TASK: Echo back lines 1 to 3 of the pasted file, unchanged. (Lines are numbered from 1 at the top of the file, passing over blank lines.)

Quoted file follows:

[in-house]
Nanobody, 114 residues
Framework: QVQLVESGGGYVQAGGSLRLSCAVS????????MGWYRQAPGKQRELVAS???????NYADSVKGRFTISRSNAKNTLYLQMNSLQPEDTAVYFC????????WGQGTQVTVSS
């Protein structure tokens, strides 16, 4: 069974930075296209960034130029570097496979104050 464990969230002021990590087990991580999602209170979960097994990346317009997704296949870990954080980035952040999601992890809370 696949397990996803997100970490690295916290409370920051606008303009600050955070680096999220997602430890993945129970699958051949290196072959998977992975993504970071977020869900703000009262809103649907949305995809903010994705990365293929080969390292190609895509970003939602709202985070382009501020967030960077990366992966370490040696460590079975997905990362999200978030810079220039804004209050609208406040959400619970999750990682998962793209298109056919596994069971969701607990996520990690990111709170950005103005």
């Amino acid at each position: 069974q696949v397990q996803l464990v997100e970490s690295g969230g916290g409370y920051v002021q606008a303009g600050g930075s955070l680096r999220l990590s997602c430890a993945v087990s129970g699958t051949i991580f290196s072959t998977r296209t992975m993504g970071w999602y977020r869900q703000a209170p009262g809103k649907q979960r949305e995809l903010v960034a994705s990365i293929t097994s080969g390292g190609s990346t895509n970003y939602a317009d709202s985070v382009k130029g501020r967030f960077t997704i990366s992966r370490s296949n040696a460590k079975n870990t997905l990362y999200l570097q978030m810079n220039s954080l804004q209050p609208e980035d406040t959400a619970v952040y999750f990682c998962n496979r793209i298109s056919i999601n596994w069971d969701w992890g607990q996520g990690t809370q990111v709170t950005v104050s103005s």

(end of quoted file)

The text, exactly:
[in-house]
Nanobody, 114 residues
Framework: QVQLVESGGGYVQAGGSLRLSCAVS????????MGWYRQAPGKQRELVAS???????NYADSVKGRFTISRSNAKNTLYLQMNSLQPEDTAVYFC????????WGQGTQVTVSS